We were very excited to check out Crested Butte, but we knew it was rather late in the season… I had taken notes from Pedaladventure’s great post on that fun adventure town, but we ended up just exploring it on foot and Westfalia instead of riding the trails (already covered in snow).
We boondocked here a few nights, near Almont.
And woke up to this!
It was beautiful… but a bit cold for camping.
In Fruita, we rode some great trails in the Kokopelli trail system.
Then, we went to explore the Rabbit Valley area, still technically in Fruita, but closer to the Utah border.
And rode this amazing trail all around the rim you see down there (called Western Rim).
It’s now in my top 3 trails.
You can see the Colorado River down there.
We also rode a few trails on 18 road (still Fruita) for Mathilde’s birthday (we love PBR, Joe’s Ridge and Mojo).
As I’ve shared here before, one of our girls wants to go to school, have external academic and biking motivation, deadlines, a schedule, to be graded… She is an organizer that thrives on structure. She makes lists, plans and wants to know what’s coming. Her Christmas gifts are ready weeks in advance.... You get the idea...
I was hoping that providing as much structure as possible with a Google calendar and online classes with clear external deadlines, timed tests and grades would satisfy her… But she says she’s done with life on the road. She wants stability. A totally normal desire. We knew it would very likely come, but still hoped it might not. Of course, it is out of the question to leave her with friends or family and keep travelling. It's not an option for us. We travel to have more time together.
A few people have asked us why we would settle down if one child wants to settle down and another one wants to keep traveling. Why would we put more importance on the desire to settle down than on the one to keep on traveling? Is is because it is what is expected or more *normal*? Teenagers need a group of peers, need space from their parents, etc. Of course, their life on the road provides plenty of that with bike teams and races, tons of friends of all ages we meet along the road, lots of time alone either in the bus while the others are gone riding or time alone on rides, daily texting with friends, etc… but it’s not the same as being in one fixed location.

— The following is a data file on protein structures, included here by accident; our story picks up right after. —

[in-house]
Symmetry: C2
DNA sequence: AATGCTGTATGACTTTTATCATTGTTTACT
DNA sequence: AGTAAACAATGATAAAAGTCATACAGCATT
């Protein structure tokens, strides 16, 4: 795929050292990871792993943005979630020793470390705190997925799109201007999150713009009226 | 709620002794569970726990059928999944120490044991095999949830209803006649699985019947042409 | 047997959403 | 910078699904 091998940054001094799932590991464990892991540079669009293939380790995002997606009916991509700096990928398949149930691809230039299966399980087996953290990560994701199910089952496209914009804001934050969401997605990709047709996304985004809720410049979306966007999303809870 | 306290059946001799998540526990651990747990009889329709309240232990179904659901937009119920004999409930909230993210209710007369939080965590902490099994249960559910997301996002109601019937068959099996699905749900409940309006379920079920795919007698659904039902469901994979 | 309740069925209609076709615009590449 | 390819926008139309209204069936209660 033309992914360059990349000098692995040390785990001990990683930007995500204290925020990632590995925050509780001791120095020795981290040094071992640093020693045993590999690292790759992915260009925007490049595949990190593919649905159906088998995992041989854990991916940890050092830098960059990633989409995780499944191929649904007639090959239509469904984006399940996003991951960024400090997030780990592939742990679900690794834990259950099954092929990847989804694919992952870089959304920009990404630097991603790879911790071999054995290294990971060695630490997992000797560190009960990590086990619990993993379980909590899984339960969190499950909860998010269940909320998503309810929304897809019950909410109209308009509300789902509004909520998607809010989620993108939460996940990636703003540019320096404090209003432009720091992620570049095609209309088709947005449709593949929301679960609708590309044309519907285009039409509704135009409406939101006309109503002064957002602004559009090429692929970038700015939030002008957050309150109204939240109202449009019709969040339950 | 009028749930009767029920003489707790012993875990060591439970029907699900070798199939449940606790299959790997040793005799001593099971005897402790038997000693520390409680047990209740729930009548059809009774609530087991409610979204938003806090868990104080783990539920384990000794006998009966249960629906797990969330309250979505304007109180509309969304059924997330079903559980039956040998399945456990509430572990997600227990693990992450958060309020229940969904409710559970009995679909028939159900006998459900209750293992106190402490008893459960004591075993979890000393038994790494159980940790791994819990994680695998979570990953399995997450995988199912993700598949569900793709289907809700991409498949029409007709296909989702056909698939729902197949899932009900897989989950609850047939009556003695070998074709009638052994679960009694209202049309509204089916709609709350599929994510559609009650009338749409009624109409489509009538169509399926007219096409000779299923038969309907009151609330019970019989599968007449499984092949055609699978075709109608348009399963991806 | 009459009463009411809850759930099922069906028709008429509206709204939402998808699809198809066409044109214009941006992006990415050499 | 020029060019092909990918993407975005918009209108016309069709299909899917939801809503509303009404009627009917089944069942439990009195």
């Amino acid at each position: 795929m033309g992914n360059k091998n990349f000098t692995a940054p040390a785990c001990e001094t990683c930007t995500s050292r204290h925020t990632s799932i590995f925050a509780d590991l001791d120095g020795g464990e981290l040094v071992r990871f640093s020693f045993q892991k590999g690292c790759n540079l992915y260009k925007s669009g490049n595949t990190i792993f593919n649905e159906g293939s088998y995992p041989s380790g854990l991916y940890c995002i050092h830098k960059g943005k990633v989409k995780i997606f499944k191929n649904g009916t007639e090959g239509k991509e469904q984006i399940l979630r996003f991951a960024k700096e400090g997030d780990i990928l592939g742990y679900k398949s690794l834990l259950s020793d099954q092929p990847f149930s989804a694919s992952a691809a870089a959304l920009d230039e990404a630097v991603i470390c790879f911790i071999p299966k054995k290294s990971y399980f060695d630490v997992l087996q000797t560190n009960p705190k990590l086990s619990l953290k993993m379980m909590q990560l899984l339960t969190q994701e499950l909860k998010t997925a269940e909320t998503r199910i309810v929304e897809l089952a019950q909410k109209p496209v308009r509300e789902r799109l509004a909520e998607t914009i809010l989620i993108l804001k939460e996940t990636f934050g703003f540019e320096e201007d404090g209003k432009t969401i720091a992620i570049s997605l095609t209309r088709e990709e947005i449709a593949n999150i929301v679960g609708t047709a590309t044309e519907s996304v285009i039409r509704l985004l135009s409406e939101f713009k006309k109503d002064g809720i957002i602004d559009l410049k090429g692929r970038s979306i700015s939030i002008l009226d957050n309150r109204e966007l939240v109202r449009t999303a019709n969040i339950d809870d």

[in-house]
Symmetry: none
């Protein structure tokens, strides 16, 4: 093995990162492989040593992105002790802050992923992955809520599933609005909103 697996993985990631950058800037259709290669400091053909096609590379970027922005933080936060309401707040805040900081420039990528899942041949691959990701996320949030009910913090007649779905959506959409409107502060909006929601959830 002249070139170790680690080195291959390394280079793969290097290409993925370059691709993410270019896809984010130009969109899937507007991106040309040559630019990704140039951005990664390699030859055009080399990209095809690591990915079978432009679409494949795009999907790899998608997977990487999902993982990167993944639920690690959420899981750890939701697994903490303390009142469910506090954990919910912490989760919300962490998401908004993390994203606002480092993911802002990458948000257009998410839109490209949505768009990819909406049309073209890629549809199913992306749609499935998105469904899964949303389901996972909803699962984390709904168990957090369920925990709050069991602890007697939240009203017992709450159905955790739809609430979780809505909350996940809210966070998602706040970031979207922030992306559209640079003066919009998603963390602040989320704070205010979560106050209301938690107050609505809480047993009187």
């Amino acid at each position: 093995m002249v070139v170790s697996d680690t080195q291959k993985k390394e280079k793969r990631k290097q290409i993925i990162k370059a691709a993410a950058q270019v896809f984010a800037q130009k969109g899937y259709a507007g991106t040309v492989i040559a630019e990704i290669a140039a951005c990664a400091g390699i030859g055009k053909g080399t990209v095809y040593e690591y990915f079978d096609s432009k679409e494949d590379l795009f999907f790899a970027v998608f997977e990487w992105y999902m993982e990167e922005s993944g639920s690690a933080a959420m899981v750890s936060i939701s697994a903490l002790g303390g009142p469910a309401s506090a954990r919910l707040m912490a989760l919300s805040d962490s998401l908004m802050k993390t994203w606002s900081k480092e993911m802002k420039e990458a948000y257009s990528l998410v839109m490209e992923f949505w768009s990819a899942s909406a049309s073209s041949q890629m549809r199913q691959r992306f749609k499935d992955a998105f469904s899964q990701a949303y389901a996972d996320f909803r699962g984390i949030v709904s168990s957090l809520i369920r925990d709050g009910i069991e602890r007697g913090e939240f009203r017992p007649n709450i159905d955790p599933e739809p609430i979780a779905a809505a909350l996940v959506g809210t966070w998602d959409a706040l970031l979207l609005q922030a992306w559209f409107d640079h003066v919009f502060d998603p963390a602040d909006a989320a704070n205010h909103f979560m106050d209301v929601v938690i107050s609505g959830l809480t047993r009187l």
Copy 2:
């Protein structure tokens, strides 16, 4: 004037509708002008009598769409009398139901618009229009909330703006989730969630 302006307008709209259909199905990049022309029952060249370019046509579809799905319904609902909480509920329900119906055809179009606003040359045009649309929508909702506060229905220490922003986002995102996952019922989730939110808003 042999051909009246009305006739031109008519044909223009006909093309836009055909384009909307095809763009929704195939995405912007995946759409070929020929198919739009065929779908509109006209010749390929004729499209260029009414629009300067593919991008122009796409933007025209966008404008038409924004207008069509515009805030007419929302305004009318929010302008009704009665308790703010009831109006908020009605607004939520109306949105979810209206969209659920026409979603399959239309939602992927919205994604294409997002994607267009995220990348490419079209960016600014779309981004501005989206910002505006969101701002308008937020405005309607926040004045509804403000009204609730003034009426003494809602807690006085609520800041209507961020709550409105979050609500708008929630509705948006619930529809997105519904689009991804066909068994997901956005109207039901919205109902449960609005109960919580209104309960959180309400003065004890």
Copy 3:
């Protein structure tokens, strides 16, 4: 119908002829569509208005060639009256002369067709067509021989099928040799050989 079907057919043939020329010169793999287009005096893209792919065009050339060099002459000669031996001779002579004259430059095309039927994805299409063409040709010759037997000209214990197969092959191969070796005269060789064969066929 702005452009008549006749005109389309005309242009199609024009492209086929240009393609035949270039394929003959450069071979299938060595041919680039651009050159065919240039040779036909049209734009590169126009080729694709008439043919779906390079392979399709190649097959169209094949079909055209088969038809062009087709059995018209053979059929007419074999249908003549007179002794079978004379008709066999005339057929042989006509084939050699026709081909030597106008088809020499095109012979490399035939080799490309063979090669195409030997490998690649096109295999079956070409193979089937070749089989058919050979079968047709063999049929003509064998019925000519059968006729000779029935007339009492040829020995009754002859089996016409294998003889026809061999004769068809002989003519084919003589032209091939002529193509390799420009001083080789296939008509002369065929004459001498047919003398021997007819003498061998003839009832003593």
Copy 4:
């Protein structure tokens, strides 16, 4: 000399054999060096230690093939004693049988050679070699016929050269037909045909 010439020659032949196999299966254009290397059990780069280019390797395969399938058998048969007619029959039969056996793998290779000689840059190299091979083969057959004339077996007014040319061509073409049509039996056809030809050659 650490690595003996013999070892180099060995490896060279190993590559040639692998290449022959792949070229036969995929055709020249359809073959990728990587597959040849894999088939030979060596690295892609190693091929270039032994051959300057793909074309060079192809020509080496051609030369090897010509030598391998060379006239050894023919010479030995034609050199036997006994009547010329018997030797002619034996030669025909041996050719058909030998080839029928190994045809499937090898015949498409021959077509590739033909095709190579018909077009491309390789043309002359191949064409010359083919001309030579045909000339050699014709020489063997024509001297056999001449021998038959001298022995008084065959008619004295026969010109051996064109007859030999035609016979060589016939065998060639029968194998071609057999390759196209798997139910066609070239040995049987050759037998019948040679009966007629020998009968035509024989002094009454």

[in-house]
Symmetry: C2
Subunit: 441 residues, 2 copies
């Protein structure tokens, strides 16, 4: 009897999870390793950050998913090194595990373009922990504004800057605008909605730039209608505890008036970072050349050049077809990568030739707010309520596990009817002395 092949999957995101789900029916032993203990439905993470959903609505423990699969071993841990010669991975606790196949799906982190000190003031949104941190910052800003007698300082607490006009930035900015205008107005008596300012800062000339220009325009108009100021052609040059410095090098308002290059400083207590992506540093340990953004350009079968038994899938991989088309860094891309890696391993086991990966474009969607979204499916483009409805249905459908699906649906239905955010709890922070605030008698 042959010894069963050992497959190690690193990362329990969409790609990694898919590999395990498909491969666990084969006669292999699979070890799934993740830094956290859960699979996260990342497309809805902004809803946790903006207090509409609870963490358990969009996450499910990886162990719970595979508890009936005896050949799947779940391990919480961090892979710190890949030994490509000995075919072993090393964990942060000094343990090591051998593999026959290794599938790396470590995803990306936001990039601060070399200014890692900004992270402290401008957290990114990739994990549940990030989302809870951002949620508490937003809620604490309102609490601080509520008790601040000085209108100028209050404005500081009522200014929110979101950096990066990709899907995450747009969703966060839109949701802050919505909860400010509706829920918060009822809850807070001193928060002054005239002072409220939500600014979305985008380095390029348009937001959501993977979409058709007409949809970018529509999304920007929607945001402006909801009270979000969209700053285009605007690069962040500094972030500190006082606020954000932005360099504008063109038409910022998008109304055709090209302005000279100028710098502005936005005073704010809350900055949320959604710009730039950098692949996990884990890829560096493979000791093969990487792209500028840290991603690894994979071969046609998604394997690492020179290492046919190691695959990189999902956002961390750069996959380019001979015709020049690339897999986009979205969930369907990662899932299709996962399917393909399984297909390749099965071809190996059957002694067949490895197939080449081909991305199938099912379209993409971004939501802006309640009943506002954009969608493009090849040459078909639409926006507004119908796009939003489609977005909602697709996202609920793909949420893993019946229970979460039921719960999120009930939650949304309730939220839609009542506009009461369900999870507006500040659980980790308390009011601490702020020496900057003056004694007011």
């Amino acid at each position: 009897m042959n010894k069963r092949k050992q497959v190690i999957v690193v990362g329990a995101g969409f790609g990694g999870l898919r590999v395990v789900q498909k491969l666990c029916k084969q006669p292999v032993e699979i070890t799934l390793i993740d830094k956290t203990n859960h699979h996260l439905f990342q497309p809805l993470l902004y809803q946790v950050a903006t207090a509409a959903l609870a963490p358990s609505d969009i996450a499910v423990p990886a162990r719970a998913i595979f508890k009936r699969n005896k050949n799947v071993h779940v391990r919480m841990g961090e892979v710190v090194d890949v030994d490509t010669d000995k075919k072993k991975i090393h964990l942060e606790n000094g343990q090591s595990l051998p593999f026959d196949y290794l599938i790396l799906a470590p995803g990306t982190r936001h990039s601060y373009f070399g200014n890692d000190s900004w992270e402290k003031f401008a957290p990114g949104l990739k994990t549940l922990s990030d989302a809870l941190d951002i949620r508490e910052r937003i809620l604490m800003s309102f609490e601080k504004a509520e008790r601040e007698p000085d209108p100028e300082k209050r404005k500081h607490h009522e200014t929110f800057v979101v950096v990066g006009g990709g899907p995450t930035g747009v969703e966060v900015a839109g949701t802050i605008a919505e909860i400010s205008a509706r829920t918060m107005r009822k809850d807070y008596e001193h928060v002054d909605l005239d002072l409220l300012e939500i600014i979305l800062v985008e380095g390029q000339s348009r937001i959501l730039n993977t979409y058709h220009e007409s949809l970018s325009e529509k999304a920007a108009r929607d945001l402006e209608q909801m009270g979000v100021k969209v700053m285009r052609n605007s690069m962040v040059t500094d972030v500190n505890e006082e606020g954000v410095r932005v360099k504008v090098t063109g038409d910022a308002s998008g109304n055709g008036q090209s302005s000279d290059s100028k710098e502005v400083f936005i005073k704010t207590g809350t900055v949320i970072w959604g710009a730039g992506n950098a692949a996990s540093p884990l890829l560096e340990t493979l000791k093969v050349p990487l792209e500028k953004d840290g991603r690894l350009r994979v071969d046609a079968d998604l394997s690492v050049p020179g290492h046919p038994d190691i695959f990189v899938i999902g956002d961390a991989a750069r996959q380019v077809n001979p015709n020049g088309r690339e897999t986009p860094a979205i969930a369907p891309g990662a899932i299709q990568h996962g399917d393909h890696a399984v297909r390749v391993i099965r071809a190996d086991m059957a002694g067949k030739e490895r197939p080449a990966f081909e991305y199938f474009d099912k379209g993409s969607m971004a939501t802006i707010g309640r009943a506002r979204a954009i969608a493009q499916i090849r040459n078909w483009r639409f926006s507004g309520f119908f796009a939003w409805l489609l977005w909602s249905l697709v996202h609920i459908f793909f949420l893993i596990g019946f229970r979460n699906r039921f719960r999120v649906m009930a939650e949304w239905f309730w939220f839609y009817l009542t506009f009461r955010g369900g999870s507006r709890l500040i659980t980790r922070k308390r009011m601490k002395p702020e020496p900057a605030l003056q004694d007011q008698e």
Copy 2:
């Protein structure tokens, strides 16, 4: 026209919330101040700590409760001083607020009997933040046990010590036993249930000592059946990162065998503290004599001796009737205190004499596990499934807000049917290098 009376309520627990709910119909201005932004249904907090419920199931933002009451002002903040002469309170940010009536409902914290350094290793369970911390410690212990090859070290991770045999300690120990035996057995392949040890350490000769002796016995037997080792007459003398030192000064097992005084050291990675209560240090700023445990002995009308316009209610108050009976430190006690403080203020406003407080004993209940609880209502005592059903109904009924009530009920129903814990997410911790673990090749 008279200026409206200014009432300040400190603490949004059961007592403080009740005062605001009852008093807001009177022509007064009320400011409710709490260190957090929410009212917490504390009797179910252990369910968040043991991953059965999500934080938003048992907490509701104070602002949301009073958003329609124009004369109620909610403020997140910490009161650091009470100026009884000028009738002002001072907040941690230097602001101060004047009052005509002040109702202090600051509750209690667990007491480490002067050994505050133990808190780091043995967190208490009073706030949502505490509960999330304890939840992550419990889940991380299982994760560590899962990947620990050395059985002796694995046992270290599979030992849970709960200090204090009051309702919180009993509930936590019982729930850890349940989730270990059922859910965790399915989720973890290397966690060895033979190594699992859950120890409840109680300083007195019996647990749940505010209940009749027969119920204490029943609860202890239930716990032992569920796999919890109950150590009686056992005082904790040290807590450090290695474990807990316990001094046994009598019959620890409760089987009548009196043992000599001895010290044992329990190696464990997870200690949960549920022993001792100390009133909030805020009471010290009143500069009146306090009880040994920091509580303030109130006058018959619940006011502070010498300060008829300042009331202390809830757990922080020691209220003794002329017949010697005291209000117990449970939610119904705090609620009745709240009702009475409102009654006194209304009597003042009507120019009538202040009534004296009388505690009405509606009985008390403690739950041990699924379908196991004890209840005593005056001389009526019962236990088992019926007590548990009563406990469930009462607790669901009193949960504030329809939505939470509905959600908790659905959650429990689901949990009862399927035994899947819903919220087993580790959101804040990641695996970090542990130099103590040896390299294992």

So, this is our work right now: finding out what is fear of not offering a normal teenagehood to our girls and what is sticking to our family values and the needs of the other members of the family?
Some might philosophically say that kids will be angry at their parents nonetheless, that they will turn out fine anyways, that we adapt to anything… and there is truth to that of course, but these are key years in one’s life and I don’t want to rob them of these important years. We have a huge decision on our hands...
Another very important aspect of this decision is my mental health. I’ve talked about it here before. I take meds all year round and use my light therapy glasses everyday of the fall and winter EVEN on the road during Arizona winters. I need to be active outside in the sun almost everyday to keep anxiety and depression at bay. The first winter I spent in the south in my entire life was a game changer: I realized I could feel good all year, have energy and drive to do things and not wake up with an elephant on my solar plexus and struggle to get out of bed. I was 35. And I never looked back. Since then, I spent one winter in Quebec and it was really hard. You’ll tell me winter is hard on you too, but when you suffer from SAD, it’s a different level of hard. I don’t ever want to go through this again. Especially not when my girls are going through a major transition like entering high school.